Social Inflation

Joe Doakes from Como Park emails:

This article says America is great because we had high school for everybody, which gave us the educated workforce required to succeed during the growth of businesses as banking, retail and manufacturing.

Wait, what?  Everybody had to go to high school so they could work as bankers and shop clerks?  Those activities have been around for millennia.  Christ drove the money-lenders from the temple.  His Dad, Joseph, was in manufacturing.  His Disciples bought bread and wine for the Last Supper from retail merchants.  None of them had a high school degree. What does Algebra II have to do with working in business?

The article points out that eventually, employers required new employees to have high school diplomas.  Yes, but was that because typewriters were so complex to operate that only the fully educated could manipulate them?  Or was it because there were so many high school graduates available, the employer might as well demand a diploma?  My son is a Senior Financial Analyst but can’t even apply for a promotion until he completes his MBA – not because the job duties require secret training only available in the MBA program, but because there are so many credentialed applicants available, the company can get away with demanding one.

Did demand for diplomas drive high schools to supply them, or did an excess of applicants supplied with diplomas drive demand for them?

It’s a critical question when we consider that Bernie and Hillary both demanded free college degrees, using the same tired justification.  Has it ever been true?

If a mediocre high school student dropped out of high school at age 14 to apprentice himself to an electrician, how would his economic prospects compare at age 24 to those of a mediocre student with a Liberal Arts degree?

Joe Doakes

At this rate, you’ll need a PhD in “retail kinesology” to run a checkout at Cub Foods.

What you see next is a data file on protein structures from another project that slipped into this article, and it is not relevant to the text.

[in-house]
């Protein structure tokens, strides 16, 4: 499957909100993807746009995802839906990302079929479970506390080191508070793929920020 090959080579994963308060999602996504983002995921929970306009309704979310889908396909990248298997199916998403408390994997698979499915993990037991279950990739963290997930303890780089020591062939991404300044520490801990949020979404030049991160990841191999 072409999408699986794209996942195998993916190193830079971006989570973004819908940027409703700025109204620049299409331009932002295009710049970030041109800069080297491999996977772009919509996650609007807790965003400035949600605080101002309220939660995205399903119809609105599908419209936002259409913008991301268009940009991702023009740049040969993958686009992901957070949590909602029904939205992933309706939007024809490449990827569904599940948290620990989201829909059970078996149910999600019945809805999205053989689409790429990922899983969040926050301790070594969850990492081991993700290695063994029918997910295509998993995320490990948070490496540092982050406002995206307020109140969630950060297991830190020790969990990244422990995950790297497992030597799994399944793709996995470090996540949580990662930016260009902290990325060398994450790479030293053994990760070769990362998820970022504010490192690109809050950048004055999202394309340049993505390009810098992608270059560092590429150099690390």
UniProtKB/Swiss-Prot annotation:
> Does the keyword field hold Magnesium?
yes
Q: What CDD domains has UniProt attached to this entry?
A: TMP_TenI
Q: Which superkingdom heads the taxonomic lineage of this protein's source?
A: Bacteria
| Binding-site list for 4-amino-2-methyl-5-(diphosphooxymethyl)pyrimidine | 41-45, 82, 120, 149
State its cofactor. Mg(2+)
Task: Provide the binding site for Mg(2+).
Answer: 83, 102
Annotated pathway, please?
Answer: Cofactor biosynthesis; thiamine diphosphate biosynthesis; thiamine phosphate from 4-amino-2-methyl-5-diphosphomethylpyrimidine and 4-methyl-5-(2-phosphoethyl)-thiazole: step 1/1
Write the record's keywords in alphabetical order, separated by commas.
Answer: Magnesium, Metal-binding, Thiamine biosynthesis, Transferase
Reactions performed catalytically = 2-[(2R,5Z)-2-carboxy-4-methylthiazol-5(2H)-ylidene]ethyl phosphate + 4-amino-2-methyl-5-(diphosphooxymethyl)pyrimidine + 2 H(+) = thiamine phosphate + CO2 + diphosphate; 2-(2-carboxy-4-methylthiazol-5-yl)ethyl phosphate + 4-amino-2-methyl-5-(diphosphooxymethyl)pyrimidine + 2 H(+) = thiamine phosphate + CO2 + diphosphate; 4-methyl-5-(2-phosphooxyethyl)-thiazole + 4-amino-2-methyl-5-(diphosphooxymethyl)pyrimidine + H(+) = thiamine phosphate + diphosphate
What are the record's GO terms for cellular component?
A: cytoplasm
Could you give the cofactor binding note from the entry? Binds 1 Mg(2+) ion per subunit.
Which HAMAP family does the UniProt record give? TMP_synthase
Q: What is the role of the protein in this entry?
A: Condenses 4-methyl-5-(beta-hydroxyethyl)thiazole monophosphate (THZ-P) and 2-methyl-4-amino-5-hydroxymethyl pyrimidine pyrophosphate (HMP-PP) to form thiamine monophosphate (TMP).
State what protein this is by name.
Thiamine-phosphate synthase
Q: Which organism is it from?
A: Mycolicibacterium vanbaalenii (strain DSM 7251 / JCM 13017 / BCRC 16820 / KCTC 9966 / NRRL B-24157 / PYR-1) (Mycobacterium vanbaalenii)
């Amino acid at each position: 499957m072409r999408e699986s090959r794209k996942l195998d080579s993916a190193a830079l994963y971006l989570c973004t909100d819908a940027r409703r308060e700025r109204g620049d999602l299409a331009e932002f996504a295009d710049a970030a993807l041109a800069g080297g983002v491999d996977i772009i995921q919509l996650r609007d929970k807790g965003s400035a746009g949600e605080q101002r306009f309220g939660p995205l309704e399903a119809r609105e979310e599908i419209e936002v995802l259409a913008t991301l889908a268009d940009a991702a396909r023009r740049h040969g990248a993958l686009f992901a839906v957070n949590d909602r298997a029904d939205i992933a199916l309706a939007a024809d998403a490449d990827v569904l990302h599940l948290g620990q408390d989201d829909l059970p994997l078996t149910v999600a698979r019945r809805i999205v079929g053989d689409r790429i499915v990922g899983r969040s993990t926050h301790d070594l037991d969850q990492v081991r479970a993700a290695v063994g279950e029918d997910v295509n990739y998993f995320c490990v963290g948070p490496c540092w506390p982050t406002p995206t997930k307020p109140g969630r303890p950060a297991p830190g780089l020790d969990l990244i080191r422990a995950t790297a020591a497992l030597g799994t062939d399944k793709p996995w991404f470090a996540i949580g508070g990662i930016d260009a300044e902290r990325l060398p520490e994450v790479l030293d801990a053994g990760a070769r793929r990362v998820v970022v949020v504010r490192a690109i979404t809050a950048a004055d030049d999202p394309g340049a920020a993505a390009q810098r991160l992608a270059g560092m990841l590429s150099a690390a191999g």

14 thoughts on “Social Inflation

  1. In regards to the electrician apprentice, they would be well on the way to being a master electrician by 24. I do think he would need to go back to school for some sort of business training if he wanted to own his own shop though.

  2. The high school diploma had become a marker for more than the education. The fact that the person didn’t drop out, indicates some level of stick to it-ness. And at least the potential that the person is trainable.

    Since we have now cheapened the diploma with social promotion and removing the focus of high school from the 3 Rs to social value indoctrination, it has lost most of the value it represented.

    So HR managers started using the college degree for the same purpose. I see job openings for bank tellers that require a 4 year college degree, for a $12 – 15 per hour job. These jobs have been successfully fulfilled by high school graduates for decades, and to a large degree have become easier with automation, although fewer are required.

    The social justice types can’t have employers using anything to differentiate the masses from each other, so they are working to remove any value from the basic college degree, both from within (stupid degrees) and without (free to everyone.)

  3. I do think he would need to go back to school for some sort of business training if he wanted to own his own shop though.

    If after 7 years while becoming a master electrician you do not pick up enough business acumen and cannot hire an accountant, your business will fail and you will be out time and tuition you will spend on a useless degree. Never underestimate the power of real world education. Running a business is not akin to building a bridge.

  4. Robots are going to need degrees?

    I am sure it will be a requirement. Because as you know, there are good robots, and then there are bad robots.

  5. Because as you know, there are good robots, and then there are bad robots.

    You can say that again, Hal. And it’s not like there are reasons that people might want to get their food inexpensively or anything.

  6. Considering that 25% of college freshmen require remedial classwork, one can see that a college degree is nothing more than proof that a 21st century kid has at least as good an education as an early 20th century high school grad.

    Except for “studies” majors, who are today’s equivalent of the dope smoking losers who only showed up for shop class to make bongs.

  7. One weekend when I was home from college my dad announced that he was going to help me get my PhD. And then he took me out in the back yard and handed me a Post-hole Digger.

  8. I bet you learned a much more valuable lesson that you could apply in real life.

  9. “a 21st century college grad has at least as good an education as an early 20th century high school grad.”

  10. Swiftee: given what I’ve read, I dare say a 21st century college graduate has at least as good an education as an early 20th century 7th grader. And I believe that the actual proportion of kids needing remedial instruction when they enter college is in excess of 35%, and that group has about a 17% chance of graduating in six years.

    We seriously need to start remembering what community colleges are for!

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